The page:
I was concerned that my final film, which will be all of my experimentations with kaleidoscopes and maggots, would not completely portray my ideas about different perspectives from people living in different mental states. I started experimenting with ‘blind drawings’ after initially doing some in my smaller sketchbook, as I thought this may be a relevant piece of work to include in my installation space as I felt that these blind drawings where a literal representations of how everyday things can be perceived differently with a disability, as the outcomes of these experiments where completely different to what would have been produced if I had been looking at the paper aswell as the subject. Because I was focusing only on my subject and avoiding looking at the paper the outcomes of using this technique where completely unrefined, and therefore showed my most basic translation of how I perceive things onto paper. I experimented with this technique at first in only black pen, I then went on to experiment with it on bits of rubbish as I felt this would represent the ‘horrible feelings’ in my mind, just as Martin Creed does in his film ‘sick and shit.’ I felt though, that my most successful development of this technique was when I began doing the drawings in different colours, this made it easier for the viewer to identify each drawings, whereas before they overlapped and combined with one another. Using different colours helps to guide the viewer through the drawings so that they can identify each individually, I felt that this was most relevant for my project as it showed multiple versions of one subject, drawn from different perspectives, but each perspective can be seen and appreciated wholly because they are easily differentiated due to the different colours. Although it could be argued that there is no real skill to these drawings I am pleased with the way that they came out completely unidentifiable from the subjects they were drawn from as they successfully show how our perspective can be altered to make the most simple things seem completely different, when living with a disability.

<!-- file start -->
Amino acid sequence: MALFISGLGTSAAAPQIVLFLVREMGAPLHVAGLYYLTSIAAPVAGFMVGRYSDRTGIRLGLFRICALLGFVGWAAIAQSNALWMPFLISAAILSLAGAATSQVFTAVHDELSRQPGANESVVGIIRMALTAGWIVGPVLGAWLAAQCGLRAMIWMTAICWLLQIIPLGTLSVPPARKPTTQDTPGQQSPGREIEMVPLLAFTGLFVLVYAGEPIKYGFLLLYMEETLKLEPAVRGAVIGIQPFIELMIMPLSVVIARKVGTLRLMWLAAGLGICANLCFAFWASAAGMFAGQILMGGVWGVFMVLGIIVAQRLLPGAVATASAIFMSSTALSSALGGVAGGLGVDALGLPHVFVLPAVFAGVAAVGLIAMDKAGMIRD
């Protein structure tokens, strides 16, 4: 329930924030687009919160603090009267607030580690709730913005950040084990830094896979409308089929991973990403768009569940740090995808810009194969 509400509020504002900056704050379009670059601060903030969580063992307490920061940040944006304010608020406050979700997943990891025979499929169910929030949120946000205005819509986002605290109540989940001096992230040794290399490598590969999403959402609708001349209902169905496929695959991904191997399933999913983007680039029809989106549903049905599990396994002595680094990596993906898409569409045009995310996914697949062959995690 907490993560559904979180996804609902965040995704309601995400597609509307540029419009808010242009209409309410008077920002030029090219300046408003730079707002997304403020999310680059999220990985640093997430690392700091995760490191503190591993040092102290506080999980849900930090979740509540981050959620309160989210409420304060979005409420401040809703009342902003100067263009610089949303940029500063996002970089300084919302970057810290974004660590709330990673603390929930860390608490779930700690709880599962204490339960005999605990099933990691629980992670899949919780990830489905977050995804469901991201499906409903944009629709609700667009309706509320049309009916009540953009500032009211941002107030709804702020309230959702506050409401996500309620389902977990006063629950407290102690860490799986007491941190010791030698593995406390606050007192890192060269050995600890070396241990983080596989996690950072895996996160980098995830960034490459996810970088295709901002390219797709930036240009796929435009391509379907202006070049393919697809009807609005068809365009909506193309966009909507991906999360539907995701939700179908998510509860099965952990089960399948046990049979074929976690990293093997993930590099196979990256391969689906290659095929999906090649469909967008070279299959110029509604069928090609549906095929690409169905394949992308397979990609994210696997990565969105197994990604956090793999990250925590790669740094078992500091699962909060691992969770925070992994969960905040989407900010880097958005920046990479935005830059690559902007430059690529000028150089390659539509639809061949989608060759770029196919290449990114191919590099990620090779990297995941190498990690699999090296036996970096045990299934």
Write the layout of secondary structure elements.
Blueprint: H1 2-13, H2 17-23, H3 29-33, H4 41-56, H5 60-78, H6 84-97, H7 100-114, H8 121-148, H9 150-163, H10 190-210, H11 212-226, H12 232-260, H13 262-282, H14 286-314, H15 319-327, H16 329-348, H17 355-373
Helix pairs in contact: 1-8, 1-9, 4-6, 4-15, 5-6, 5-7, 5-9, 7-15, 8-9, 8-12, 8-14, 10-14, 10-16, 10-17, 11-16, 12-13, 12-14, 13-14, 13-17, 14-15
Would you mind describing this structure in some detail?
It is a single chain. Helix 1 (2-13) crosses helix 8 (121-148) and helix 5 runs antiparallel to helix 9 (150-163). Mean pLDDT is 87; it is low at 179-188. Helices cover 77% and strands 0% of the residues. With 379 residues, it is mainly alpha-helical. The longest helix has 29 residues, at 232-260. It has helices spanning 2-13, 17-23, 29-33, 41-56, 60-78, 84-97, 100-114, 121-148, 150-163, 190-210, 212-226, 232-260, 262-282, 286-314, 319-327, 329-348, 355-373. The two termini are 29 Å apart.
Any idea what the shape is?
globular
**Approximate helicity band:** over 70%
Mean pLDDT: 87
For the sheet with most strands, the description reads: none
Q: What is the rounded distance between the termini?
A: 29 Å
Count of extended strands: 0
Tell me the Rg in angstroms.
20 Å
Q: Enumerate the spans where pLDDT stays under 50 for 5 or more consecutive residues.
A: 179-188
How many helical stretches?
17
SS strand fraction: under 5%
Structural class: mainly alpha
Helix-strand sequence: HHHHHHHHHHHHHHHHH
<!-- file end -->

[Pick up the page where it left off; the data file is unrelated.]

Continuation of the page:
The original presentation for my final piece has changed a lot due to space restrictions. In my sketchbook I explored 3 different ways that my final piece could be presented, in the first I imagined that there were no restrictions to the space I could use, the second I imagined that there was very little space to present my work and in the third I found a way to incorporate both into a reasonable space. The third idea is the one I carried on to develop for the final show, and consisted of a small triangular space that would allow me to create a claustrophobic but comfortable space by placing it in darkness but setting up the installation space with homely furniture to lull the audience into a false sense of security by trying to create a universally familiar setting. Initially I had designed it so that it would be in complete darkness with the TV facing the corner of the room so that only one person could physically see my piece at once. Unfortunately the design of my final set up changed because of the space restrictions which forced me to turn my set design around so that the TV and cupboard where in the corner of the space, this means that more than one person is now able to view the piece at once, as any passer by that walks by will be able to see it easily.